Culture in Transit: The Migration of Female Genital Excision to Europe in Euro-African Writing

Research output: Chapter in Book/Report/Conference proceedingChapterpeer-review


While past discussions of female genital excision concentrated on its
incidence in Africa, attention of late has been shifting to the emergence
of the tradition in the African diaspora. This essay examines how four
authors of African descent explore the migration of female genital excision
to Europe. It compares a remarkable passage in the novel Abessijnse
Kronieken (Abyssinian Chronicles) by Moses Isegawa with the autobiographical
writings of two anti-'FGM' (female genital mutilation)
activists, Mutilée by Khady Koita and Desert Children by Waris Dirie,
and with the novel Rebelle by Fatou Keïta. Although these authors share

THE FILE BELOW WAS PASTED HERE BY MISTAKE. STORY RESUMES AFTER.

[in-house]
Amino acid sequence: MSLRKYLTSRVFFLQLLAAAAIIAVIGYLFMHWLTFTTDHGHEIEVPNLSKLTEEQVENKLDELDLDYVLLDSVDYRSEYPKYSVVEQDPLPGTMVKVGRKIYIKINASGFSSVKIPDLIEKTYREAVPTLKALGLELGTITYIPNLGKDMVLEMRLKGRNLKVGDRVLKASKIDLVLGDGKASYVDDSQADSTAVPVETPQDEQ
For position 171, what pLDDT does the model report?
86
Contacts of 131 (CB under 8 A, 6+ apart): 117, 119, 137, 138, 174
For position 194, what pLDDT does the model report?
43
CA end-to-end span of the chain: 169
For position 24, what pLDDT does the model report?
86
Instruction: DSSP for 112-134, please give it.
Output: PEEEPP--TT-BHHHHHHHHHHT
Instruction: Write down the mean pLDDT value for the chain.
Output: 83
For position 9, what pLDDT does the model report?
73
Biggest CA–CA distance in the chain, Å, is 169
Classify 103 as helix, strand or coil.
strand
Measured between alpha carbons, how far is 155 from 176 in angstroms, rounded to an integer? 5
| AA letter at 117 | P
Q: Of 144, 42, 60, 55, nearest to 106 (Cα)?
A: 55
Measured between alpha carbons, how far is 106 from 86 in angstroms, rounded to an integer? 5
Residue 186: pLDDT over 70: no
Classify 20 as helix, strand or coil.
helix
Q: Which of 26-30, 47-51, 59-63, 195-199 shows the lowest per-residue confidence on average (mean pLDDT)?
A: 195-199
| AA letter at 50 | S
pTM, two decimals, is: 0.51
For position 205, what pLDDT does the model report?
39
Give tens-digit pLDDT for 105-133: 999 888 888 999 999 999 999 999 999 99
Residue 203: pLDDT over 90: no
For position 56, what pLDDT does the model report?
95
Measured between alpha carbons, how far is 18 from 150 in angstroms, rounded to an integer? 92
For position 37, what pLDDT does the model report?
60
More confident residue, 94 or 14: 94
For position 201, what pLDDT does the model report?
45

a critical outlook on the practice, the discursive and narrative strategies
they adopt differ greatly. A close reading of the four texts reveals that
Isegawa fails to contextualize adequately the practice of female genital
excision; this contrasts with his three female colleagues, who do acknowledge
the conventional cultural and religious discourses on female
genital excision yet remain adamant in their abolitionist stance.
Original languageEnglish
Title of host publicationTranscultural Modernities: Narrating Africa in Europe, Matatu: Journal of African Culture and Society
EditorsElisabeth Bekers, Sissy Helff, Daniela Merolla
PublisherAmsterdam/New York: Rodopi
Number of pages19
ISBN (Print)978-90-420-2538-7
Publication statusPublished - 2009

Bibliographical note

Elisabeth Bekers, Sissy Helff, Daniela Merolla


  • female genital excision
  • Moses Isegawa
  • Fatou Keïta
  • Waris Dirie
  • Khady Koita
  • Abyssinian Chronicles
  • Rebelle
  • Desert Children
  • Mutilée
  • African literature
  • African life writing


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